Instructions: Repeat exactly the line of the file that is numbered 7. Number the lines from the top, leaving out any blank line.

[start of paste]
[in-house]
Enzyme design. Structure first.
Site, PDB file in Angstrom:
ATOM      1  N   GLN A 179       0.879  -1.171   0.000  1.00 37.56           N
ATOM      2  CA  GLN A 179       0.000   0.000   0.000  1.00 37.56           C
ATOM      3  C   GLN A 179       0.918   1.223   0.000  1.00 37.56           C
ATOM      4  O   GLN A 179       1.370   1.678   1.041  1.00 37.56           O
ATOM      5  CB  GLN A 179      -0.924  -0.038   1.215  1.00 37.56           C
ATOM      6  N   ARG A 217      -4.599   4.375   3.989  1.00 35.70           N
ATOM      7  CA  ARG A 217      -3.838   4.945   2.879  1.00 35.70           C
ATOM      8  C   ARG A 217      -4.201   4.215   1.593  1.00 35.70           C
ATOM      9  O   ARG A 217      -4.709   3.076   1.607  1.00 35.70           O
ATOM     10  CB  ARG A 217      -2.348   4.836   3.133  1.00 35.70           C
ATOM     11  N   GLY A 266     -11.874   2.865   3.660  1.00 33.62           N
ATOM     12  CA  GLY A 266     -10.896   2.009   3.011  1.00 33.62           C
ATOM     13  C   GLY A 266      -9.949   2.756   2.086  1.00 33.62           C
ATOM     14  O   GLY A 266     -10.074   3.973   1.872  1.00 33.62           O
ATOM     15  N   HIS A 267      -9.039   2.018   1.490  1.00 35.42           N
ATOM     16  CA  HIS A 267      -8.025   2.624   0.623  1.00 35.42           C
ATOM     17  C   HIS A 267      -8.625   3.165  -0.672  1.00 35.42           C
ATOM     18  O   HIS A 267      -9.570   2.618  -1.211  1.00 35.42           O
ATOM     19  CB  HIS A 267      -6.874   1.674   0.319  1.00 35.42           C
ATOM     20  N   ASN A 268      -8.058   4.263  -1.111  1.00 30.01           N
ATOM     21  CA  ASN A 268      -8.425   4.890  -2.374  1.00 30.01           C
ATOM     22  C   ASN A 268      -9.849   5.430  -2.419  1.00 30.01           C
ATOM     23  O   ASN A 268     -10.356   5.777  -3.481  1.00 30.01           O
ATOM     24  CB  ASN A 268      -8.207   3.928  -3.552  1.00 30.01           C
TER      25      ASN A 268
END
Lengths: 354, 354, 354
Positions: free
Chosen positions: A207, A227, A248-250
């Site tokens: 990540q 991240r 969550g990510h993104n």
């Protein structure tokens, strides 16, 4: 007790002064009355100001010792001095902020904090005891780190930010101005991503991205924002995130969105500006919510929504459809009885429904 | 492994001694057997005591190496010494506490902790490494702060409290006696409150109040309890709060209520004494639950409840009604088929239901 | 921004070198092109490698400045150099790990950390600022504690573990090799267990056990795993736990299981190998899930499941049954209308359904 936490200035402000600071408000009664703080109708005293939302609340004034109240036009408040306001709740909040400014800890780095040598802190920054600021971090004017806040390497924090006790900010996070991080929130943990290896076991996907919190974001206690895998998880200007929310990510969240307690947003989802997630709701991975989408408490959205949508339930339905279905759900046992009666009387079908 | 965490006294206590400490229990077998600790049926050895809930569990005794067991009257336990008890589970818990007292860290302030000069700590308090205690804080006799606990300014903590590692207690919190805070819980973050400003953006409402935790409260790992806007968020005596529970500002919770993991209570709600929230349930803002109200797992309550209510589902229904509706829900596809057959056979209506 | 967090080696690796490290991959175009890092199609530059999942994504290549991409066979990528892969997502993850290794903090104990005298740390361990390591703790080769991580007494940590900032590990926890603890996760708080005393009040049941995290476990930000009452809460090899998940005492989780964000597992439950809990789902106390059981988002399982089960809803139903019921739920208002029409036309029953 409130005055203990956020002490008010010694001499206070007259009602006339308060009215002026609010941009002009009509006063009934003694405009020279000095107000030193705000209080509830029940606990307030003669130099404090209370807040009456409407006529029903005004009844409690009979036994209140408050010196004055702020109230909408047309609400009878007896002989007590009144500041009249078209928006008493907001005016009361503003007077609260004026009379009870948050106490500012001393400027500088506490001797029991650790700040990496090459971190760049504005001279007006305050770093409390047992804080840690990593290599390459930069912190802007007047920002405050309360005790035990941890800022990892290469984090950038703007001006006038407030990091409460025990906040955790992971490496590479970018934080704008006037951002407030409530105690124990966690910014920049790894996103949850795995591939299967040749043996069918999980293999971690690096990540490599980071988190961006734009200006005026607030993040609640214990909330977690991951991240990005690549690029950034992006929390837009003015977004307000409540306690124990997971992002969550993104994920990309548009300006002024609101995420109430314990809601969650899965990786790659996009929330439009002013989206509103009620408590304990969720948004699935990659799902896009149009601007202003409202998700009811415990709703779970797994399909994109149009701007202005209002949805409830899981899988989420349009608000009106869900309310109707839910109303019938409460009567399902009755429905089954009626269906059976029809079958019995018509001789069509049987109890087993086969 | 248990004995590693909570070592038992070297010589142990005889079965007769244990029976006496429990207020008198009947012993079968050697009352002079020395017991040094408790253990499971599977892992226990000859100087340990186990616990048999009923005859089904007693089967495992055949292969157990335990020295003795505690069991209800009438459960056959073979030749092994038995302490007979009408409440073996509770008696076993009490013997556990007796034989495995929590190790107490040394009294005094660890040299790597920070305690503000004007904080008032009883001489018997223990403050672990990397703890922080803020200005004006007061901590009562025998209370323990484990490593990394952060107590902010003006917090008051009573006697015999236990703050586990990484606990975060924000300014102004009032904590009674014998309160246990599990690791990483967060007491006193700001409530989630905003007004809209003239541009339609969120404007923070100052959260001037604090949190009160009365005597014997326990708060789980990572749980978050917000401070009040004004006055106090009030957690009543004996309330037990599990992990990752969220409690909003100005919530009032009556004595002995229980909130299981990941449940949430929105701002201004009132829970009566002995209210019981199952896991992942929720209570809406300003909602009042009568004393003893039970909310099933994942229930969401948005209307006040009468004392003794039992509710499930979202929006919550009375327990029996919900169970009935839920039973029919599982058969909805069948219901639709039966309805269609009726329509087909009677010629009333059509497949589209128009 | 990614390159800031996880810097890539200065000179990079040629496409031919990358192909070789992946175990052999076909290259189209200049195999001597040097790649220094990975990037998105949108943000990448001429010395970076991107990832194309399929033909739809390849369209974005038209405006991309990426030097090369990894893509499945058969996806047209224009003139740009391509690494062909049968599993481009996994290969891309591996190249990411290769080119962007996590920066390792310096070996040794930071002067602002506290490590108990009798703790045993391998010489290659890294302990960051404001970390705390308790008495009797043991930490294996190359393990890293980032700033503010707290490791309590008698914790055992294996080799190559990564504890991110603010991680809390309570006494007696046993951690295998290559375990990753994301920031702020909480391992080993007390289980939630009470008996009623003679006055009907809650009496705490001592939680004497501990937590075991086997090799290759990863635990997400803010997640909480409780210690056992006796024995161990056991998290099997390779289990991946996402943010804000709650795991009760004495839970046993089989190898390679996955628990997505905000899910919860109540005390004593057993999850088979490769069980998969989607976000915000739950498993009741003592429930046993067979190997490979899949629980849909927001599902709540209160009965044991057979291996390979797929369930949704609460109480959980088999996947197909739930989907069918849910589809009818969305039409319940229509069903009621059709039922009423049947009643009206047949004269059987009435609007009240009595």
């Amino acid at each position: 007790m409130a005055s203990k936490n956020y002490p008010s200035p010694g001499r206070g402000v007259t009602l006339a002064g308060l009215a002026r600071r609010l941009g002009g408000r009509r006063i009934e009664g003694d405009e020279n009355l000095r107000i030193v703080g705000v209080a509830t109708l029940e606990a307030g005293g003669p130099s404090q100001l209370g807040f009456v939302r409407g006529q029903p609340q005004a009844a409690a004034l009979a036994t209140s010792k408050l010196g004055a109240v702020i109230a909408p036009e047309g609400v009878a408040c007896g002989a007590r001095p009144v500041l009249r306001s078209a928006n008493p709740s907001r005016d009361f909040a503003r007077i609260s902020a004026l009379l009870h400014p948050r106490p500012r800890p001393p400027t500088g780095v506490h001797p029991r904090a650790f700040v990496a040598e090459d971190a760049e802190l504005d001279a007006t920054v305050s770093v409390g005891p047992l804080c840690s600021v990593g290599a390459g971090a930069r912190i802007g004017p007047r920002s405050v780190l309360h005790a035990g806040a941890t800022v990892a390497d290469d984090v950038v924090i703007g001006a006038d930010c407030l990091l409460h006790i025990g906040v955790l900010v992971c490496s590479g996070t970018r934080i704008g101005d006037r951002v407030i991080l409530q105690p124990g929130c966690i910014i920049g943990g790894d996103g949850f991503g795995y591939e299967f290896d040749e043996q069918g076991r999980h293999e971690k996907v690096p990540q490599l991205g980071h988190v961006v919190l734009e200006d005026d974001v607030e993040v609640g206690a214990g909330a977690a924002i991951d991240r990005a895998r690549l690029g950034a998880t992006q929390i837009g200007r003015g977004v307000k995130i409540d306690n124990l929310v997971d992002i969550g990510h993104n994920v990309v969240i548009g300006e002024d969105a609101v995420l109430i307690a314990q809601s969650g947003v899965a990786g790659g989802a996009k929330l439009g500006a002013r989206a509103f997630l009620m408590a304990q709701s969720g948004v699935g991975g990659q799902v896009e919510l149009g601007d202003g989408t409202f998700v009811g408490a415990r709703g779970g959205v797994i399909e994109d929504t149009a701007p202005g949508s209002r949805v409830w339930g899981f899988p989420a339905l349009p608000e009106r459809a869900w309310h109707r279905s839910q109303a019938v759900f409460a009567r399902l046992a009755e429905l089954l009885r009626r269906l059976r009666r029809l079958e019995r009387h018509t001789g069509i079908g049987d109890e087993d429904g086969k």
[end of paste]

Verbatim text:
ATOM      4  O   GLN A 179       1.370   1.678   1.041  1.00 37.56           O